Mid-Ohio Growers Meeting coming to Dalton


DALTON, Ohio — The counties that make up mid-central Ohio are home to some unique fruit and vegetable operations. Growers range from small-scale family gardens, to those that supply farmers’ markets and retail stores.

That’s why three years ago, a group of local growers and volunteers started the Mid-Ohio Growers Meeting, which will bring educators and growers together Jan. 8-9, at the Buckeye Event Center in Dalton.

The idea for the meeting goes back almost 10 years, when some local growers who were connected to the Mount Hope Produce Auction, got to thinking about a way to provide a meeting that would serve the local growers — especially small-scale growers, like the Amish.

There were other meetings, but they were often a couple hours away, in places like Columbus and Sandusky. This was a challenge for Amish growers.

Smaller growers

Fred Finney, a volunteer coordinator with the Mid-Ohio meeting and a grower from Moreland, said this program is “geared more toward the small grower and the Plain grower.”

He said it’s not meant to compete with the other meetings, and in fact is a different type of meeting.

“It’s a completely different type of format, which lends itself more to the Plain people,” Finney said.

The cost of registration is $20, which covers two days of program expenses. Participants can eat onsite for an additional fee.
While the Mid-Ohio meeting is geared toward a particular audience, its outreach is surprisingly broad.

Last year, about 700 people attended, and the upcoming meeting includes nearly 40 presentations and 30 speakers — as well as a trade show that will feature 75 vendors.

Featured speakers

Speakers include everyone from academic experts and growers, to even a few university experts who are also growers.
One of the featured speakers includes Adam Montri, a hoophouse outreach specialist with Michigan State University.

Montri is returning for his second year, and will give presentations both days, dealing with season extension and using hoophouses.

Montri said he enjoys the meeting because the growers are experienced and very interested in the discussion.

“They’ve got so much experience and they ask really great questions that are really direct,” he said.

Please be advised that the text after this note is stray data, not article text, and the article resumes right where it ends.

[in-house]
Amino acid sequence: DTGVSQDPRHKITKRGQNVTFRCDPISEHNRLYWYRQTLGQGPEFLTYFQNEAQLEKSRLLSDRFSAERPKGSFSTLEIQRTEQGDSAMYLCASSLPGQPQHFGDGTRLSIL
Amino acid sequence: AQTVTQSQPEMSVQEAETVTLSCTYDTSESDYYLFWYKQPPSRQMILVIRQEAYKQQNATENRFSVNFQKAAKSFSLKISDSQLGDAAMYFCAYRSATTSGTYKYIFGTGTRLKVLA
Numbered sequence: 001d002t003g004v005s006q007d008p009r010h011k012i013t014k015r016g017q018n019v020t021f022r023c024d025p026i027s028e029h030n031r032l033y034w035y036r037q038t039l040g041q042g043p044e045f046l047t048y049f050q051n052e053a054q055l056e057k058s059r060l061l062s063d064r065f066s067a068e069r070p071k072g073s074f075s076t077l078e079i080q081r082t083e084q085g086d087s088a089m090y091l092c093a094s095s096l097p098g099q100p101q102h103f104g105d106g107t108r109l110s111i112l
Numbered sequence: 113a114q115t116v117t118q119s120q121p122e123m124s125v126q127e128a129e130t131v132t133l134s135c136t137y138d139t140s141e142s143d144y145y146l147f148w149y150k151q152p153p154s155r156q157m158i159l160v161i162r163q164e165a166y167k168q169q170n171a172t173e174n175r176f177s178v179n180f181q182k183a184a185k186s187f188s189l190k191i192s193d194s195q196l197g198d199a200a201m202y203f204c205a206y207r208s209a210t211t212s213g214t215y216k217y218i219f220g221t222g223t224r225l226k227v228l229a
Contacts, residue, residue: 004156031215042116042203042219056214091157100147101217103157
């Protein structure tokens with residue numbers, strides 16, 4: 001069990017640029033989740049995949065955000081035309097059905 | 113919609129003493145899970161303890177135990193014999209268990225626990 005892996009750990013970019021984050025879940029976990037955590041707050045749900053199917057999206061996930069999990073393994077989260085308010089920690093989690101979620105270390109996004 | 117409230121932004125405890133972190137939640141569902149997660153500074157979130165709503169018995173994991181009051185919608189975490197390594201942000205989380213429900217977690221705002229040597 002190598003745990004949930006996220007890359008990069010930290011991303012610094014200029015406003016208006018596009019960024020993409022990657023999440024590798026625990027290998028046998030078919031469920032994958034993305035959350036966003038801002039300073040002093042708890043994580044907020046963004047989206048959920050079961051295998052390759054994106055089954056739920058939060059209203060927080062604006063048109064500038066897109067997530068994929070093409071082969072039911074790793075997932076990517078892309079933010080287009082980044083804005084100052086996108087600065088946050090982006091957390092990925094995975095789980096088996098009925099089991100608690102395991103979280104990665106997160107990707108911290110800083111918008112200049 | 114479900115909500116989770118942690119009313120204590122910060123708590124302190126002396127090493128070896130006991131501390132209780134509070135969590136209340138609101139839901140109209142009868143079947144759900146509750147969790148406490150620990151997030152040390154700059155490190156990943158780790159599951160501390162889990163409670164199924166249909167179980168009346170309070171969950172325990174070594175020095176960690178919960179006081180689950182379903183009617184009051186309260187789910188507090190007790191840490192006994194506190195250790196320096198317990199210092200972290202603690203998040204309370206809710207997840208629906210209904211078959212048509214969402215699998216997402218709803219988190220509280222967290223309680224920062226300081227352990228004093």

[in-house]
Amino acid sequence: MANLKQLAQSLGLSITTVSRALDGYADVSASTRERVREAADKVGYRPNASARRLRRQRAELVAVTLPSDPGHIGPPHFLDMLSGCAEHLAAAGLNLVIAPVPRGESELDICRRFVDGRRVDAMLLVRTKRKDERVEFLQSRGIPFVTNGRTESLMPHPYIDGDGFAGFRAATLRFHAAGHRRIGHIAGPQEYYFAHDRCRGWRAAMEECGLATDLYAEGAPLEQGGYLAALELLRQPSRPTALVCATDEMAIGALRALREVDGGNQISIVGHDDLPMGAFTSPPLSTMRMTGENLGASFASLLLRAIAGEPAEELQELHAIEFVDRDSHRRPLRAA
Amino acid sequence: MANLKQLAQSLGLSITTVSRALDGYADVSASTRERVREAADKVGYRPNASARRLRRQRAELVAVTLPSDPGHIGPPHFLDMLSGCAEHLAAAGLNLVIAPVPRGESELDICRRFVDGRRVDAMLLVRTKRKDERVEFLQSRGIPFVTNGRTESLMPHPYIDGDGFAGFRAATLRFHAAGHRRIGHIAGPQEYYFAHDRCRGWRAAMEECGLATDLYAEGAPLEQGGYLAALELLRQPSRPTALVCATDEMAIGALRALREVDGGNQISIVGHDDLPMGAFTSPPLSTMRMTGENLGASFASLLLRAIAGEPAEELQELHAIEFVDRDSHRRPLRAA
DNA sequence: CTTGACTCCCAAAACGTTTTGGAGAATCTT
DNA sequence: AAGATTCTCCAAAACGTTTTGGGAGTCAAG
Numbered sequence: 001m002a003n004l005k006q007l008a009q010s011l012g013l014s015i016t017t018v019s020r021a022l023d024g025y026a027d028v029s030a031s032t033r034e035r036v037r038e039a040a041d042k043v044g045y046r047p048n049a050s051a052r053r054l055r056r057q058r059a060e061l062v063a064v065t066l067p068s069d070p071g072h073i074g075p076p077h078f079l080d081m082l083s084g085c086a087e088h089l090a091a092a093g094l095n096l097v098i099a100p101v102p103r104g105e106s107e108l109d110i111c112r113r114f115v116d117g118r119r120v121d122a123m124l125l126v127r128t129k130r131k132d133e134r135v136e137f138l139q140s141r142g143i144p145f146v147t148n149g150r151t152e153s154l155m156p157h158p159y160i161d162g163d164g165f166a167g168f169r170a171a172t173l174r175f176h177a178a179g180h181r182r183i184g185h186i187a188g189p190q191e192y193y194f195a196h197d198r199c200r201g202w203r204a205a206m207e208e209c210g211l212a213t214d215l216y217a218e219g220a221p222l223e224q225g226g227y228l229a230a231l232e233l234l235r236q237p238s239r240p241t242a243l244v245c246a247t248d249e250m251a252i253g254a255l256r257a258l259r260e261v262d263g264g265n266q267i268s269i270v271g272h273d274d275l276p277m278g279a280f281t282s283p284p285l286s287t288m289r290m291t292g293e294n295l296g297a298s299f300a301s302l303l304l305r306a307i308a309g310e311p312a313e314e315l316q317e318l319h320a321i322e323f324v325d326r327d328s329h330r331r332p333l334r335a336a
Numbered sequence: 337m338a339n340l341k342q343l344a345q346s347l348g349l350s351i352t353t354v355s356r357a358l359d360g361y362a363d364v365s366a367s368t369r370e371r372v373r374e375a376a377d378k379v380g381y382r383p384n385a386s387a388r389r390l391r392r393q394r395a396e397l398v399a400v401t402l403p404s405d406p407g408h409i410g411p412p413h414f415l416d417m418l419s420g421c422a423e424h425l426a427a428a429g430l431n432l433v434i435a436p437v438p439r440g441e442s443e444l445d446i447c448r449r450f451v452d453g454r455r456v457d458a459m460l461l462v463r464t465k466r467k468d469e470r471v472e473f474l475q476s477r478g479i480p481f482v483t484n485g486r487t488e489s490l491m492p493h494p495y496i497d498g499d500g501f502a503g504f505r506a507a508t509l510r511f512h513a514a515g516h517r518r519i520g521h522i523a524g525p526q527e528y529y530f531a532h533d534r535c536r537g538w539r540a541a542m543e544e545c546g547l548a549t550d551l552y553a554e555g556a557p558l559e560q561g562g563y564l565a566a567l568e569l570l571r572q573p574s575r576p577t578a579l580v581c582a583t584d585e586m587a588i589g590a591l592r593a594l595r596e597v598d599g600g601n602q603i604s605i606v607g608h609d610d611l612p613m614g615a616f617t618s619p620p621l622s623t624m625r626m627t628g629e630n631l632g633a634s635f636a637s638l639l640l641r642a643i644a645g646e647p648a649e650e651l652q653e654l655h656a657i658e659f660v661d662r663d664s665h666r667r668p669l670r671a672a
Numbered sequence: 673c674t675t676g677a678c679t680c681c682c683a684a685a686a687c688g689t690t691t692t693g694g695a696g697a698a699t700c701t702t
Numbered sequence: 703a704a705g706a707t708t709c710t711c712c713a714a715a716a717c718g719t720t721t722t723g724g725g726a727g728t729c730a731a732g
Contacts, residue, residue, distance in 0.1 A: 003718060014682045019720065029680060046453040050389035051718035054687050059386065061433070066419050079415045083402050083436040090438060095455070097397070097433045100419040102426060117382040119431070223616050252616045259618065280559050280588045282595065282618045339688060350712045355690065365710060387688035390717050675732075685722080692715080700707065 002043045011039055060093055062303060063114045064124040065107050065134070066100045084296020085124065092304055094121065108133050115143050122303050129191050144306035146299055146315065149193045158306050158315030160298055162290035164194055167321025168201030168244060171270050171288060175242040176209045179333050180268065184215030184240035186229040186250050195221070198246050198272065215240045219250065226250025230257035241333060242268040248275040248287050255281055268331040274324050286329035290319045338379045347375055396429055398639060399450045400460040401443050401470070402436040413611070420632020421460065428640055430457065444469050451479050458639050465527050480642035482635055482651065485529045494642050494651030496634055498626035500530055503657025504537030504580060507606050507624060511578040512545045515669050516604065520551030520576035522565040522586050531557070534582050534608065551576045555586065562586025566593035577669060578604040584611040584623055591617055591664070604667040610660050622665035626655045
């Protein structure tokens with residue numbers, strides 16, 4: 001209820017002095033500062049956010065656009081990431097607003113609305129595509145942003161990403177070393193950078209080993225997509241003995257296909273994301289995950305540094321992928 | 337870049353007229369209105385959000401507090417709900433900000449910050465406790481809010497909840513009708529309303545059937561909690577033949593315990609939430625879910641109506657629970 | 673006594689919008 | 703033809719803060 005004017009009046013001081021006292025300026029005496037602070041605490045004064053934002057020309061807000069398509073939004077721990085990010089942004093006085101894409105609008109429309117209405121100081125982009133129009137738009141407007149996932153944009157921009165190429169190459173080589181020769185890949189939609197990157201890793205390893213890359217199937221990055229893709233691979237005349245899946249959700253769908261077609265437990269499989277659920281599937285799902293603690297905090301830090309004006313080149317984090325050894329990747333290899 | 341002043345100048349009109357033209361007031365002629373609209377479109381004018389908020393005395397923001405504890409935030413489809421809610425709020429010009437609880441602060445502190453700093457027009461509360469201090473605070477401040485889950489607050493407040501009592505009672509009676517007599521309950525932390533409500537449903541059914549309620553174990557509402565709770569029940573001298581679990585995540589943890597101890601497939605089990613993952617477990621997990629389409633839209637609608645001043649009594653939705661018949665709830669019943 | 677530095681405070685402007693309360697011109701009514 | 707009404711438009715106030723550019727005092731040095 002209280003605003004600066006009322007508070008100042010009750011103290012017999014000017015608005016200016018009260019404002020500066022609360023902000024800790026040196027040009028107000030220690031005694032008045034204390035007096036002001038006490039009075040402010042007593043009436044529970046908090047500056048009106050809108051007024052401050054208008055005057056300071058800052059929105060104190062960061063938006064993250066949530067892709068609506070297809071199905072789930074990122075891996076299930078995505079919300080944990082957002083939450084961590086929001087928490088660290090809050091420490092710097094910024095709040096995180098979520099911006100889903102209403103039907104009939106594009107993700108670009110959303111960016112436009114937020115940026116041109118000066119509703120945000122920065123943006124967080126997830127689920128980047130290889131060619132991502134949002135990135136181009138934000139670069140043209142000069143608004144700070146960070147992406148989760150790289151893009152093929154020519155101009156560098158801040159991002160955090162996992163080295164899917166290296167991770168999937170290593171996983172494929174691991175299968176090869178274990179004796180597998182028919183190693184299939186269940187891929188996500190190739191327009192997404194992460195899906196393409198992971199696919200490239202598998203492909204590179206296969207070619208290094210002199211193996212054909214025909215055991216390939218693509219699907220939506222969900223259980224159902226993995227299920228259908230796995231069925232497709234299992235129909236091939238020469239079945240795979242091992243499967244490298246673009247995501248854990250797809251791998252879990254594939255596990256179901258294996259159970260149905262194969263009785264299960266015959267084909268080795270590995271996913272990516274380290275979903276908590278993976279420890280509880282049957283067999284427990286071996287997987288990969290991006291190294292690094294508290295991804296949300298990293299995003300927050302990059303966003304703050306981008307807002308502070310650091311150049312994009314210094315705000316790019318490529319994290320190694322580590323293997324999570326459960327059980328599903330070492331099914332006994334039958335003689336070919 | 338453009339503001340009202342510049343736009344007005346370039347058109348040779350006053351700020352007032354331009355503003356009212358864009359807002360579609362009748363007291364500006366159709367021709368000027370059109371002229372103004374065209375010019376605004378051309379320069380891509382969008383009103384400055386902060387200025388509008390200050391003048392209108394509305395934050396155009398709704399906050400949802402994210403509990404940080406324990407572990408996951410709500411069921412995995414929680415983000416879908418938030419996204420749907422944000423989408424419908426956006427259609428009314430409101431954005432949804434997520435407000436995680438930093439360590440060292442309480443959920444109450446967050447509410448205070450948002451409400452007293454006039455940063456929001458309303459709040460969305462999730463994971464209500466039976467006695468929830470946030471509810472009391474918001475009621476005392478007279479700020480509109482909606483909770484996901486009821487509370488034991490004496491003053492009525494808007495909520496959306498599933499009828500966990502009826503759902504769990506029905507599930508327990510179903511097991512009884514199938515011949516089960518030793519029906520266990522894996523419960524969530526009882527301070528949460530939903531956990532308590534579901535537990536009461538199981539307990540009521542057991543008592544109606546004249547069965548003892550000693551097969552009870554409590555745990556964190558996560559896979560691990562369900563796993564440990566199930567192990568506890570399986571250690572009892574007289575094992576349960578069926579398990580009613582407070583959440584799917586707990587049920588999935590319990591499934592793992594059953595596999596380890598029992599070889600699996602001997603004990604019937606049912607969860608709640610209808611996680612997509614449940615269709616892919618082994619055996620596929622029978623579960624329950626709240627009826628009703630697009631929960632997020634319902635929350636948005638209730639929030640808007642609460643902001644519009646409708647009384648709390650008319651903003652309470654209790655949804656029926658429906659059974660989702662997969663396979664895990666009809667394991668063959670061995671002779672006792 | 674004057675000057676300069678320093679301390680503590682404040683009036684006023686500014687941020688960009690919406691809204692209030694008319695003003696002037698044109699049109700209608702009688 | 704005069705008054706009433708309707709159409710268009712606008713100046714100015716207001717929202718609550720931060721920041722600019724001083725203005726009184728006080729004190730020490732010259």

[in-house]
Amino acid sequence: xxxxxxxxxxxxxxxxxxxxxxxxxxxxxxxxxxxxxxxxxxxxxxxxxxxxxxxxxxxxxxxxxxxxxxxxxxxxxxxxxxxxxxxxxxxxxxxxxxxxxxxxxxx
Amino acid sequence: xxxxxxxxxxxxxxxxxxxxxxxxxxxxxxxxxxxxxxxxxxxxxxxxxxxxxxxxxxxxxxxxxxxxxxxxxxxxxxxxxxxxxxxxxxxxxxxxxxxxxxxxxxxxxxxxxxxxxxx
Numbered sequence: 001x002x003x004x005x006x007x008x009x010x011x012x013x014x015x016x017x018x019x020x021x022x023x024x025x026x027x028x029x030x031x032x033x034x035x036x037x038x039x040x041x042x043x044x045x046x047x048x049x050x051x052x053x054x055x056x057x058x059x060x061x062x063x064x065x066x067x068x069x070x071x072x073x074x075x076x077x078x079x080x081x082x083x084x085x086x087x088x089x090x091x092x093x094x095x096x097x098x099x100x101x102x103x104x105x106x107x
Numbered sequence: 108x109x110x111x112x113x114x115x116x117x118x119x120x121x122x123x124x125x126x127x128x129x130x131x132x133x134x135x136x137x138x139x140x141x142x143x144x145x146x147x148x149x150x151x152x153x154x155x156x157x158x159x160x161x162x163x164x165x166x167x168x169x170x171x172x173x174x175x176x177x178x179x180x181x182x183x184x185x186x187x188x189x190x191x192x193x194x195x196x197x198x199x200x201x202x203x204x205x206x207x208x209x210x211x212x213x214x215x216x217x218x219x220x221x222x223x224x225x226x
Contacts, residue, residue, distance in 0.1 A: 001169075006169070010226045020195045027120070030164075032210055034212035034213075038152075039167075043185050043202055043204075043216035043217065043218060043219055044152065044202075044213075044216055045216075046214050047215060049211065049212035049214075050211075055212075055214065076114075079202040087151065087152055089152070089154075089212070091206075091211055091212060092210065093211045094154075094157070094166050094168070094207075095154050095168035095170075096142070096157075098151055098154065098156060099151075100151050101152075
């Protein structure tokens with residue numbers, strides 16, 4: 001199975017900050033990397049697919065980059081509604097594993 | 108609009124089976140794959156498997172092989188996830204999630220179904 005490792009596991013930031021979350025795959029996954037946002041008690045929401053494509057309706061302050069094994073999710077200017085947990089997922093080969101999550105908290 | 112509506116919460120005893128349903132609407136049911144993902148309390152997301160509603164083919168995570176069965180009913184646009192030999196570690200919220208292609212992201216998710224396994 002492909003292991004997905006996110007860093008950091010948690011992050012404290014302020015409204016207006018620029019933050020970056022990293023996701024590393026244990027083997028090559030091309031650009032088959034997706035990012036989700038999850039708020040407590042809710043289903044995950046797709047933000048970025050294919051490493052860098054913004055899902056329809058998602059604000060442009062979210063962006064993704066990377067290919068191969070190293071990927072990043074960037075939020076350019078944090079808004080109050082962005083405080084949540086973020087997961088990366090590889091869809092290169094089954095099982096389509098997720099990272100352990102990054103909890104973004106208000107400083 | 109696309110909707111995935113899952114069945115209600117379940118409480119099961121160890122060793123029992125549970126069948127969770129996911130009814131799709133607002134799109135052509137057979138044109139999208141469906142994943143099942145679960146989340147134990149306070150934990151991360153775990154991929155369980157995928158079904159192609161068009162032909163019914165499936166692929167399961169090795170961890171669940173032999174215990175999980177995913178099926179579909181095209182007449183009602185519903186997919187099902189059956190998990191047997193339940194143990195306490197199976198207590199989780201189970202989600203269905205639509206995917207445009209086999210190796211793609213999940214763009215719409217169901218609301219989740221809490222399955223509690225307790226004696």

Montri has a lot of experience himself.

High tunnel potential

Along with his university position, he and his family also operate Ten Hens Farm in Bath, Michigan, which includes 17,000 square feet of high tunnels.

He said high tunnels have a lot of potential in Ohio, especially as the trend continues toward longer growing seasons and year-long sourcing of fresh foods.

Other speakers

The program also includes Andy Hupp, certifications operations coordinator for the Ohio Ecological Food and Farming Association, as well as Wes Kline, of Rutgers Cooperative Extension; Rory Lewandowski of the OSU Extension in Wayne County; Dave Graf of Buehler’s Fresh Foods; David Raber of Greenfield Farms; and others.

The theme for this year is “hands-on workshops,” and includes insect and disease identification; and a workshop about vegetable plant grafting, led by Matt Kleinhenz, OSU Extension vegetable specialist.

Raymond Yoder, one of the volunteer organizers and founder of Yoder’s Produce, said the meeting gives growers the chance to “glean education that is not available locally, elsewhere.”

And, it all takes place at a setting that allows growers to learn and ask questions — not be pressured to buy something.

“The speakers are not sales people,” Yoder said. “It’s not a seminar of trying to sell product. It’s to try and educate.”

As Raymond’s son, Monroe, puts it, “It’s just down-to-earth education for the serious grower.”

Get the details

The Mid-Ohio Growers Meeting will be held Jan. 8-9 at the Buckeye Event Center in Dalton, Ohio.

To learn more, write to Mid-Ohio Growers LLC, 6464 Fredericksburg Road, Wooster, OH 44691. Or, call 330-263-0254. You can also visit them online at www.midohiogrowers.com, or email midohiogrowersmtg@gmail.com.

Registrations should be made before January, to get the lower pre-registration rates.


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Chris Kick served Farm and Dairy's readership as a reporter for nearly a decade before accepting a job at Iowa State University Extension. An American FFA Degree recipient, he holds a bachelor’s in creative writing from Ashland University.



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